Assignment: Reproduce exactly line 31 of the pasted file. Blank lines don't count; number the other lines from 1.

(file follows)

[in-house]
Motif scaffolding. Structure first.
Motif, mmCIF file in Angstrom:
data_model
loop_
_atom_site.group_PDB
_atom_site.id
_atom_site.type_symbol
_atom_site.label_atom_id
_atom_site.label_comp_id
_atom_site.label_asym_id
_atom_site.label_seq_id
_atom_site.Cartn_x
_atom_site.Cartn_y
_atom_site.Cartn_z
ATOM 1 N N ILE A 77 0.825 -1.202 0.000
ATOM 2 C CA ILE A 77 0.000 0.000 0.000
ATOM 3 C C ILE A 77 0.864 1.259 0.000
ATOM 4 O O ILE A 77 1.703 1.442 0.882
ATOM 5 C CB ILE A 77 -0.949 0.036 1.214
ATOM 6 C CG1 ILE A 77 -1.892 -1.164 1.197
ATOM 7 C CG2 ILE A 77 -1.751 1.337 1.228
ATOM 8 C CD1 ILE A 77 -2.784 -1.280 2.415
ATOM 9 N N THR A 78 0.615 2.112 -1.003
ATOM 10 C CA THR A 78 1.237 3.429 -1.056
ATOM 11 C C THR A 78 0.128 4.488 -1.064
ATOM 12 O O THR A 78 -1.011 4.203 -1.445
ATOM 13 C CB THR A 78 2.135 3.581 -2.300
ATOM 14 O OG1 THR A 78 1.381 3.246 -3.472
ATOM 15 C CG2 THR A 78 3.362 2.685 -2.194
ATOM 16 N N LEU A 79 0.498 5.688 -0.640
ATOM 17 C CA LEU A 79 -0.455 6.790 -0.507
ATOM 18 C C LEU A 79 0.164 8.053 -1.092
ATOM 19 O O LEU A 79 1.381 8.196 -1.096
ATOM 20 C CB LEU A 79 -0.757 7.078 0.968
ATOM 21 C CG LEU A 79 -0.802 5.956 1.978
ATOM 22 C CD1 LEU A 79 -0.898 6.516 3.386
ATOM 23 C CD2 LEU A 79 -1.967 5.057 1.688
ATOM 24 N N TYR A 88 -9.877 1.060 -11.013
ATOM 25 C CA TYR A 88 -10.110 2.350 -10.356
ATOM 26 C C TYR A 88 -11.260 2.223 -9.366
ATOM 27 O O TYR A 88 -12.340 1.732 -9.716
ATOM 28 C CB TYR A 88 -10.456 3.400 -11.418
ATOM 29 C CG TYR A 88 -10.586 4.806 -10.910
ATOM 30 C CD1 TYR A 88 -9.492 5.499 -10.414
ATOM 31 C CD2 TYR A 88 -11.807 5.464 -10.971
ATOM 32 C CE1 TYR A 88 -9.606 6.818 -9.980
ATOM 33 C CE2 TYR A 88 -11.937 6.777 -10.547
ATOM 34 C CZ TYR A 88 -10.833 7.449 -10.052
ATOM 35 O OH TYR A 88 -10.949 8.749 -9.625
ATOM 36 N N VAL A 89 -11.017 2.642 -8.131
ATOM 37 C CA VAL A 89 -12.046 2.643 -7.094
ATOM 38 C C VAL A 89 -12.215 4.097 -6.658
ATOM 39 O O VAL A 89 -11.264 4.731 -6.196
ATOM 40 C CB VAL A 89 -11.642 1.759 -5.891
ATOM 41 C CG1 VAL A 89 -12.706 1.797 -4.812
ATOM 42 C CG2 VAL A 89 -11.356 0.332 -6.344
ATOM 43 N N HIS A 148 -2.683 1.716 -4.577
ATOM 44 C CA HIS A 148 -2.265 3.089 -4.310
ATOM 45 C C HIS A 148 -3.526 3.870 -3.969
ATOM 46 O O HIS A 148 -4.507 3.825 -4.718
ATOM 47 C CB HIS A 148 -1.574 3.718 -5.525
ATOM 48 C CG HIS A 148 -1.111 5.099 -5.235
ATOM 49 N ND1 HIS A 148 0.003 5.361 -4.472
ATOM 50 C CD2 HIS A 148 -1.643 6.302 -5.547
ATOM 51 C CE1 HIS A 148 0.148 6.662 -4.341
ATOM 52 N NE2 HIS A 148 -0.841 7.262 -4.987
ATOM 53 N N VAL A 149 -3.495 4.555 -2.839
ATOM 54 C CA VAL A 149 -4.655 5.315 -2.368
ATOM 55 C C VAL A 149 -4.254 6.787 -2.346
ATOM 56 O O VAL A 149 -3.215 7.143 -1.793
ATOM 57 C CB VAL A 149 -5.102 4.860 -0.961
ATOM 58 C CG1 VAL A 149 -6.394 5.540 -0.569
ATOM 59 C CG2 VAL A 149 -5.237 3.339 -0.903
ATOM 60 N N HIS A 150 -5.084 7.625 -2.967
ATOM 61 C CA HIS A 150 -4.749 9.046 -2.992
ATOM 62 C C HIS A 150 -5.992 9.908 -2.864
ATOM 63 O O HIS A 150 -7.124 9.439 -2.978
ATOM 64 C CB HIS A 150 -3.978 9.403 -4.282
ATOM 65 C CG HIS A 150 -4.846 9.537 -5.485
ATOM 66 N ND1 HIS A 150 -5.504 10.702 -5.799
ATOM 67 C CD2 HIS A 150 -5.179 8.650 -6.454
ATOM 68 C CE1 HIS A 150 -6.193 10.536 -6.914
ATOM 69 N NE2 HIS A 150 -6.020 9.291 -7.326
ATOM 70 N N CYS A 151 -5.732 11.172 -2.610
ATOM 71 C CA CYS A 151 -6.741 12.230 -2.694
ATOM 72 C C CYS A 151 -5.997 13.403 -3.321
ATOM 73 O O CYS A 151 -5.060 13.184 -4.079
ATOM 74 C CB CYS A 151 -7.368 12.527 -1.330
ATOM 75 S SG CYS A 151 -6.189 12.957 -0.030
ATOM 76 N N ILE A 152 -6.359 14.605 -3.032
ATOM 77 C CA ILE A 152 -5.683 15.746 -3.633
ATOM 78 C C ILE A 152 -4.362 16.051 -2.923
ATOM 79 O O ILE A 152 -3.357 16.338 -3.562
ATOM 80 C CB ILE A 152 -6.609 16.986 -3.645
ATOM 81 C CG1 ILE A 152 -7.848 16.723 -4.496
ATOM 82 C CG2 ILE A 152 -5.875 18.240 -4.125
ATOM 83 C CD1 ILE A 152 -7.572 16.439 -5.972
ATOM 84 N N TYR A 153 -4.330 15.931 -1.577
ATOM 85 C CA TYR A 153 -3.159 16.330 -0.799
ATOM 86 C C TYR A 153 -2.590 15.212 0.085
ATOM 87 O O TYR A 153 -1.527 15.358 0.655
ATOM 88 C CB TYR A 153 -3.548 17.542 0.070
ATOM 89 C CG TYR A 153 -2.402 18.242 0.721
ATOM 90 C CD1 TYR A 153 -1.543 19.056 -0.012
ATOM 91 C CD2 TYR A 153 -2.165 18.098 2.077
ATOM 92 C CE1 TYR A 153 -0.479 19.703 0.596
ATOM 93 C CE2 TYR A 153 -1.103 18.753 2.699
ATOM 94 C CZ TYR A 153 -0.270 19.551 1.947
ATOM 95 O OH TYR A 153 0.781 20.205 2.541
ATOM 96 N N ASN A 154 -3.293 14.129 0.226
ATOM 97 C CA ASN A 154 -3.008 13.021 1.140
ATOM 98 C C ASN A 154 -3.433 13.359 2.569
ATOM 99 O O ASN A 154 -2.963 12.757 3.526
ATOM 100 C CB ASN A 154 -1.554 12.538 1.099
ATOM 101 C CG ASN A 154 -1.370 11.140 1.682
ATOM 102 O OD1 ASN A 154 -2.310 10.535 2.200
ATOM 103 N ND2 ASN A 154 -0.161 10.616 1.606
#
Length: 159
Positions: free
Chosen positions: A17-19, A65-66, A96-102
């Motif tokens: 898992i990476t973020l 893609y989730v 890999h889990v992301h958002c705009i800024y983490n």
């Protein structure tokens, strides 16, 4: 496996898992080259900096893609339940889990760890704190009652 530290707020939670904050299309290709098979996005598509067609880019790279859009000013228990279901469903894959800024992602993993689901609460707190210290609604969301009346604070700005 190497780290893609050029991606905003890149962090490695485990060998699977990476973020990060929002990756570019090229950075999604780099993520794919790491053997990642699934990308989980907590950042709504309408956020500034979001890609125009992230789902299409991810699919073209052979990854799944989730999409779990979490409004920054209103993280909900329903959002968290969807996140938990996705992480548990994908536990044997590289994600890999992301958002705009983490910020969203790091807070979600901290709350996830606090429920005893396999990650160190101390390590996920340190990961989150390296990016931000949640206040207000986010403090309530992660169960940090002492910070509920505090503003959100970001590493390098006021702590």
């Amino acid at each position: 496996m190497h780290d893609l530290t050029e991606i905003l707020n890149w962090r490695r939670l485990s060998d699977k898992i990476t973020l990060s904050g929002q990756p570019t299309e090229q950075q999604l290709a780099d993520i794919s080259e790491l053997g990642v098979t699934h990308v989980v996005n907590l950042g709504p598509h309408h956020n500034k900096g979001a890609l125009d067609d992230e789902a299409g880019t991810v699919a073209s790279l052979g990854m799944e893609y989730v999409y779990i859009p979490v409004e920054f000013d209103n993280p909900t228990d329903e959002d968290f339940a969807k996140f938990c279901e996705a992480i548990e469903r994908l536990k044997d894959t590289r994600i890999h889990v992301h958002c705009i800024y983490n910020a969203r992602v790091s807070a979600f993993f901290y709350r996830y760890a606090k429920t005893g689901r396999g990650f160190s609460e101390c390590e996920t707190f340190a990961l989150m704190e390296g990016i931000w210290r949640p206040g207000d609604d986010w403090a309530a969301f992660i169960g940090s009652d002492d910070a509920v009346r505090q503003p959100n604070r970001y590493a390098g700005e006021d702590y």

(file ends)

ATOM 16 N N LEU A 79 0.498 5.688 -0.640